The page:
draught of 28-feet 9-inches. Armament consisted of ten 13.5-inch/45 guns in twin turrets, sixteen 4-inch QF secondary guns, four 3pdr QF and three 21-inch
submerged torpedo tubes with one mounted in the stern and two on the beam. The armored belt was 12-inches with an upper belt of 8-inches extending to the
upper deck. Turrets and conning tower had 11-inches of armor with the barbettes receiving 10-inches. Armored decks were 4 to 1-inches. Three of the ships had
18 Babcock and Wilcox boilers with
Monarch receiving Yarrow boilers. These fed steam to four Parsons turbines, developing 27,000hp for a maximum speed of
21-knots. The trials of
Orion showed that the design was subject to heavy rolling due to a higher meta centric height. The solution was to fit larger bilge keels. It
would take two years before her weight of broadside would be surpassed, by
USS Texas in 1914.
Another aspect of the British battleships designs between Dreadnought and Orion was the decrease in armor protection. As the Admiralty sought to increase
offensive power, maintain moderate dimensions and keep down the costs, survivability in form of the armor thickness was reduced. In the
Naval Annual 1911
in an article called
The Dreadnought Era, Commander C.N. Robinson wrote: “For several reasons, less has been said and written about the defensive qualities
of the armoured ships of the Dreadnought era than about their other elements of war worthiness. The Navy Estimates do not contain particulars of the
armour of the new ships, and therefore even about British vessels authentic information is scanty. This, coupled with the fact that up to the present time
there have been few, if any, changes in the nature and quality of the protection, and that the gun has absorbed the greater part of attention of naval
students, has caused the matter of armour to be somewhat neglected
.” (Naval Annual 1911, The Dreadnought Era, 1911, by Commander C.N. Robinson, at
page 150) With
Orion the vertical armor plan was significantly increased and Orion’s maximum armor belt thickness of 12-inches was the thickest so far. As
battle range was considered 9,000 to 10,000 yards, the increase in belt thickness protected against flat trajectory fire. In a retrograde step the deck armor and
internal subdivision of the
Orion Class were actually less than on the previous Colossus Class. The contemporary German class of battleship, the Oldenburg, had
a slightly thicker belt but with five feet greater beam, a much better subdivision.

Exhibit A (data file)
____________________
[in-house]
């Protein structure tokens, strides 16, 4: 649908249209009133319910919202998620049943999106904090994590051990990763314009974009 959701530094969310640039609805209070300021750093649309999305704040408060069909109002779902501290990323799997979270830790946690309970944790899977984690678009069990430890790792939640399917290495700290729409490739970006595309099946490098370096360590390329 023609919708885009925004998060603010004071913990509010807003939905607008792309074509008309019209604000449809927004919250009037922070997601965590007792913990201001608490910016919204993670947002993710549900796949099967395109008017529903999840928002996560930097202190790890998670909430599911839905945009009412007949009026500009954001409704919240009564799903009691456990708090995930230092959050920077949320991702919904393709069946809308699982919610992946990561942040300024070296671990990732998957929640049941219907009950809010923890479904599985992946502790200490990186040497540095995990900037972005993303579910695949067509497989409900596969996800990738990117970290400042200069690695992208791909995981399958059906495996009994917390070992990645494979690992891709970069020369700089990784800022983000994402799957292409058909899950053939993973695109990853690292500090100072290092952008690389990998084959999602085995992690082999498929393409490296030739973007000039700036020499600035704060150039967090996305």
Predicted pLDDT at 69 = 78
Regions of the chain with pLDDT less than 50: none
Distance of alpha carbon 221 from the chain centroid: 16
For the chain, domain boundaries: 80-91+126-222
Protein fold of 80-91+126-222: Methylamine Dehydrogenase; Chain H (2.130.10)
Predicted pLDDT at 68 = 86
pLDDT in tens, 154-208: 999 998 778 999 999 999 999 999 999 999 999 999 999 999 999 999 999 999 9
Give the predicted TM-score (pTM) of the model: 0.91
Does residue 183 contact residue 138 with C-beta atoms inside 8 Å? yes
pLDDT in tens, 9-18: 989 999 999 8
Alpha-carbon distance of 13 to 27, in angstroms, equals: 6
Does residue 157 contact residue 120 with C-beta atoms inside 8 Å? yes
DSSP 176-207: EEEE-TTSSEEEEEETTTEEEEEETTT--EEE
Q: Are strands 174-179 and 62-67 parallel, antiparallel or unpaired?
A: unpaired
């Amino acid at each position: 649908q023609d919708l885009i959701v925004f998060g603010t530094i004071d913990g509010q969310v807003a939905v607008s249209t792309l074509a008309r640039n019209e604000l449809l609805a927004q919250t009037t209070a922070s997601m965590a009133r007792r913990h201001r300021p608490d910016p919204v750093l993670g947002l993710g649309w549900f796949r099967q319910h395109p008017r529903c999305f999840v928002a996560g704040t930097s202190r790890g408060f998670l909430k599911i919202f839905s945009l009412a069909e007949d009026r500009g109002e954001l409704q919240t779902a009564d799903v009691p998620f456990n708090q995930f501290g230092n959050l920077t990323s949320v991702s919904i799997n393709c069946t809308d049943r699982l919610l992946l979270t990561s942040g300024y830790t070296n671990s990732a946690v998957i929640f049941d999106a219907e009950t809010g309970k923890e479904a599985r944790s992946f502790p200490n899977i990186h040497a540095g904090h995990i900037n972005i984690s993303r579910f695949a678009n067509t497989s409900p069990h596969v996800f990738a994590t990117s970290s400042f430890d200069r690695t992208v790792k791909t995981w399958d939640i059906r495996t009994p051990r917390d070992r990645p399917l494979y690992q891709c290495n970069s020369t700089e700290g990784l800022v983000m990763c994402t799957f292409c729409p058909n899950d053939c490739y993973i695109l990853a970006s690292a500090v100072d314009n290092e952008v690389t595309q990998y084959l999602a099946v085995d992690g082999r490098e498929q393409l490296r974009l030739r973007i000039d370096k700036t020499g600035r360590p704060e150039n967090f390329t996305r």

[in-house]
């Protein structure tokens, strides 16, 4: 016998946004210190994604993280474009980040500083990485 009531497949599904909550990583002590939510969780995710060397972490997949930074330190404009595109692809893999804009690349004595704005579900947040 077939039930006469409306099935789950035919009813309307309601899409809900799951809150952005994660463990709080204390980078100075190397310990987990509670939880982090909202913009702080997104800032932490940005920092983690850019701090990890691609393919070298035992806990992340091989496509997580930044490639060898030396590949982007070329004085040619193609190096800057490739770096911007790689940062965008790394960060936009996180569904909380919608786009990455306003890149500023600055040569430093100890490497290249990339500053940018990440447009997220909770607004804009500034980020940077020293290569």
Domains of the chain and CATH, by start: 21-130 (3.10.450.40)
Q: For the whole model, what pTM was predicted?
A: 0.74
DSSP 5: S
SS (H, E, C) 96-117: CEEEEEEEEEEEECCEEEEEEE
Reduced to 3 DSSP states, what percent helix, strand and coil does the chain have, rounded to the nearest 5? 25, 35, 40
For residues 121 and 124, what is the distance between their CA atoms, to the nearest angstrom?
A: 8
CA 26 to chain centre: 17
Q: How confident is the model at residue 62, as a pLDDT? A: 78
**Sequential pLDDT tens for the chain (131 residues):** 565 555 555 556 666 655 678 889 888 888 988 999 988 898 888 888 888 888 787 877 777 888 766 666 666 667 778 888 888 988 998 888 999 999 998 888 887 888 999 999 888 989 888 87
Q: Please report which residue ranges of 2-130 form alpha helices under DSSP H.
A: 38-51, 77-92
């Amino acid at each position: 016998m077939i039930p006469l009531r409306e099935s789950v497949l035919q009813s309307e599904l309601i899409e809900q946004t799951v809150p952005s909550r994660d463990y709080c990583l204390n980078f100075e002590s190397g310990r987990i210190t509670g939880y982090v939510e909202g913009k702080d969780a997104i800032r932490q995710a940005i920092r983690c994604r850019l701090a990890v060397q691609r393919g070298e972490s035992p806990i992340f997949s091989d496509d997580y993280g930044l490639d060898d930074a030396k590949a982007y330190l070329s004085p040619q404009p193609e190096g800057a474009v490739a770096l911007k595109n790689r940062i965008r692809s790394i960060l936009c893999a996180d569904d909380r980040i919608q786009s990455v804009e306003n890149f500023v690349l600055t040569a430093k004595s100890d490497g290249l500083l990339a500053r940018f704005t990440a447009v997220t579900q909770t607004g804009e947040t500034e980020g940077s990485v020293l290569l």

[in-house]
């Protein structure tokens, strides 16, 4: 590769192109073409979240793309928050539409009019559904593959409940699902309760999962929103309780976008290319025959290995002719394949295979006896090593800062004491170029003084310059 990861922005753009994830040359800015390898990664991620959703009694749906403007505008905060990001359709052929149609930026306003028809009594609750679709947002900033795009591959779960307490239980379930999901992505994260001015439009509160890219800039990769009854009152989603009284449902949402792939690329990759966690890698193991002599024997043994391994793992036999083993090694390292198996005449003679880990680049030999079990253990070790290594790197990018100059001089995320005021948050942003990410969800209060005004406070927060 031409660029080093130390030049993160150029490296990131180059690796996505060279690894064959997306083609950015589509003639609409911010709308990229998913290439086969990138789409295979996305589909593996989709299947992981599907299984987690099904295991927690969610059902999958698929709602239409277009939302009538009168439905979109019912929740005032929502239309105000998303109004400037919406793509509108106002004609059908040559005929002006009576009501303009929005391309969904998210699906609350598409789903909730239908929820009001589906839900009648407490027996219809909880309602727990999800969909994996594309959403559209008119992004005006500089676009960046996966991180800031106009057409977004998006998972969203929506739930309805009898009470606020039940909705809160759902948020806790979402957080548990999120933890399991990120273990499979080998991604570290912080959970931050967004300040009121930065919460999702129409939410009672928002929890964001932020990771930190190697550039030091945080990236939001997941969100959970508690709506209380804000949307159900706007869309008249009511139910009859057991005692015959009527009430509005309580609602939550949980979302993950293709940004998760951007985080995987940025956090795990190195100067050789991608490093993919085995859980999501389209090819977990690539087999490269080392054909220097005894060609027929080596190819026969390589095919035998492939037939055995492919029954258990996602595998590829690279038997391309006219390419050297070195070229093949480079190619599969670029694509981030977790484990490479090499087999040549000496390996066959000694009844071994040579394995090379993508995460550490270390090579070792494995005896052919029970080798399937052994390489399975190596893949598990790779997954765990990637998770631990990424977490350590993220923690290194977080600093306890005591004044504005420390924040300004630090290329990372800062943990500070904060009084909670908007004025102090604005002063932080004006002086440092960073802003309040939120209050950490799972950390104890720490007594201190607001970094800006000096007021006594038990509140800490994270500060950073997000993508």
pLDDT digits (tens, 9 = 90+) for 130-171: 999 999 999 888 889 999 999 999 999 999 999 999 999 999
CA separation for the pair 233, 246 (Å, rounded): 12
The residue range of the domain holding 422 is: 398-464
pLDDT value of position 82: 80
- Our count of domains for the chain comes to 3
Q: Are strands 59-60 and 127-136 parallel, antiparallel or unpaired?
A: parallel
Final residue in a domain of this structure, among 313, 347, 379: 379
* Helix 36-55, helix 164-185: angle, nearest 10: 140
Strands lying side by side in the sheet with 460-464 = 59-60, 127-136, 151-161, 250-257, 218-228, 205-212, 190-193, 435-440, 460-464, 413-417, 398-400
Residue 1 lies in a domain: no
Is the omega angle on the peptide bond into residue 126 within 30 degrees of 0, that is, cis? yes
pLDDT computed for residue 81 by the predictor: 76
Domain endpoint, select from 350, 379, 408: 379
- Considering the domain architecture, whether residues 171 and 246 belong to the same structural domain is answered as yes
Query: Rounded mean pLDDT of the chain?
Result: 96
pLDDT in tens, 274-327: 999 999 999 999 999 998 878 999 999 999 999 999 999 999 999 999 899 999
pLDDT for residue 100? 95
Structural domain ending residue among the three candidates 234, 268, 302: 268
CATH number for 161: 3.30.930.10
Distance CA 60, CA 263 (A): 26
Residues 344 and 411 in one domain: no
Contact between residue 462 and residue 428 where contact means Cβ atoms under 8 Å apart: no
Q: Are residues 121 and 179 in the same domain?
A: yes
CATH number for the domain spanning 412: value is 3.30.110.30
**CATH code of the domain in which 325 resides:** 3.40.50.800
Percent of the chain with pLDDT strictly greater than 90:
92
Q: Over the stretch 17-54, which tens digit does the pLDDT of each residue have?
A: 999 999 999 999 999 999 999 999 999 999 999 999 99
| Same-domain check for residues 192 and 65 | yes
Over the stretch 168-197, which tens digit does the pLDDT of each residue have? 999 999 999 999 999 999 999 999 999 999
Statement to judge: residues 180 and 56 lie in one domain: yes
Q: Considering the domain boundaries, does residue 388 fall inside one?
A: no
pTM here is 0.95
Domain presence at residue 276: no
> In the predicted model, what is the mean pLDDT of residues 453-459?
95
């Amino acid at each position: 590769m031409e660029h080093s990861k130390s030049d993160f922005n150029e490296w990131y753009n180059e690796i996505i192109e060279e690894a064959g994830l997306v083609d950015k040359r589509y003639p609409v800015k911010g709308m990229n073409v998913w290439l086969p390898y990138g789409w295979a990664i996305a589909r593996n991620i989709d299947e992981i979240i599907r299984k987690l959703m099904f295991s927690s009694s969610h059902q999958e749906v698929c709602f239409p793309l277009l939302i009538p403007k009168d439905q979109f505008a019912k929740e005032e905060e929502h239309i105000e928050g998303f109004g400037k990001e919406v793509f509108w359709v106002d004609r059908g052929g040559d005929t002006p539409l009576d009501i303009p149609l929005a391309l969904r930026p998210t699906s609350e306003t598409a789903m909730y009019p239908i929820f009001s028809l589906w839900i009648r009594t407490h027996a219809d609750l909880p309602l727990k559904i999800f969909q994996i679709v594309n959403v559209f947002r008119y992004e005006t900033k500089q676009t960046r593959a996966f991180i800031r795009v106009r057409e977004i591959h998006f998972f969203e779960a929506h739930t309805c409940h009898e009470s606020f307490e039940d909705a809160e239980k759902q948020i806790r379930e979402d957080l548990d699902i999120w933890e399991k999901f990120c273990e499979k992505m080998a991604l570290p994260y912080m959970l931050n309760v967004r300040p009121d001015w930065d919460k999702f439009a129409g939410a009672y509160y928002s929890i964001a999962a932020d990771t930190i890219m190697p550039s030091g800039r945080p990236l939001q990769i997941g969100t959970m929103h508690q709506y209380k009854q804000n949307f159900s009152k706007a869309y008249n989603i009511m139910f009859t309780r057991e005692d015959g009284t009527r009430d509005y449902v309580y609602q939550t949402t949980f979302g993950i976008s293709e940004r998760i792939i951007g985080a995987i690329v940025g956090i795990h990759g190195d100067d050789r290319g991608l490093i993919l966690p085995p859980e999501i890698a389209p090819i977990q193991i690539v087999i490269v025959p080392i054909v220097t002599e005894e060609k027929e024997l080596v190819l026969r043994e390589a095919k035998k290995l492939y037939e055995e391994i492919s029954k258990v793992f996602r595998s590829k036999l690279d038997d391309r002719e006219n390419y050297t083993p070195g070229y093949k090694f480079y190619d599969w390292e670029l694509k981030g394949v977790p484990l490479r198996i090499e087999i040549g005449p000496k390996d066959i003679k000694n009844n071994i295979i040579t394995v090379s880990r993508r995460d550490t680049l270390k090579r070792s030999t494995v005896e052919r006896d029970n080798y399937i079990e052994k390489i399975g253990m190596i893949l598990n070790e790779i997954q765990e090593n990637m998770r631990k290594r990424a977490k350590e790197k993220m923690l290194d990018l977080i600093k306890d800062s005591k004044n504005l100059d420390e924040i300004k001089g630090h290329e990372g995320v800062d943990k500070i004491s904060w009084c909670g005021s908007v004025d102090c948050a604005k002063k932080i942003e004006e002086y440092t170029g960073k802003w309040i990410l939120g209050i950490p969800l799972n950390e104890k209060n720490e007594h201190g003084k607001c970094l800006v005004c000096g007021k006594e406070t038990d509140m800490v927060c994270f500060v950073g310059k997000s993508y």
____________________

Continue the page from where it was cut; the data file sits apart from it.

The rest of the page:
Admiral Eardley-Wilmot had stated that the Royal Navy had the requisite experience “
to produce a craft in which everything is located to the best advantage”,
however, some design characteristics of the
Orion tended to show that the good admiral was somewhat myopic. Previously mentioned was the decrease in deck
armor and internal subdivision. Although the
Orion had superfiring turrets, they raised turrets, B & X, had to have stops installed to prevent end on fire. The RN
had retained sighting hoods at the front of the turret and the firing of guns of the superfiring turrets would cause concussion to personnel in the sighting hoods
below. Another retrograde feature was the placement of the foremast. With the
Dreadnought, Colossus and Hercules, the foremast was placed behind the
forward funnel. The result was the same, the heat and fumes of the forward funnel made the foretop almost untenable. Since sighting and gun direction came
from personnel in the foretop, this was a serious defect. The Admiralty already knew this when
Orion designed and yet they repeated the same faulty layout.
Why? It was another example of false economy. With the tripod behind the funnel, the middle leg could also serve as a base for operation of the boat boom and a
separate boom would not be required. This in turn would save weight and marginally decrease the expense of the ship. This was hardly an example of locating
something to the best advantage.
Having laid down eight capitol ships for the 1909 Program, the Admiralty cut back to five capitol ships for 1910, which became the four ships of the King
George V Class
and the Queen Mary. Traditionally when had a new monarch, the first capitol ship laid down in their reign was named after the monarch. When
King Edward VII followed his mother, Queen Victoria, on January 22, 1901, the first ship was named
King Edward VII, the name ship of a class of battleship.
King Edward VII died on May 6, 1910 and was followed by his son, King George V, so the new class of battleships for the 1910 Program became the
George V Class
. (Incidentally, the King George V Class of World War Two was named after King George V by King George VI to honor his father.) Originally
the new class were to be repeats of the
Orion Class but during the design process the results of the HMS Lion’s trials came in, verifying what was already
known, placing the fore mast aft of the forward funnel was a very bad idea. The most noticeable differences between the
Orion Class and King George V Class
was created by the decision to place the pole mast forward of the first funnel to prevent smoke and heat interference with the control top. The
King George V
ships were also given large, slab-sided funnels for a very handsome appearance. Indeed, it was the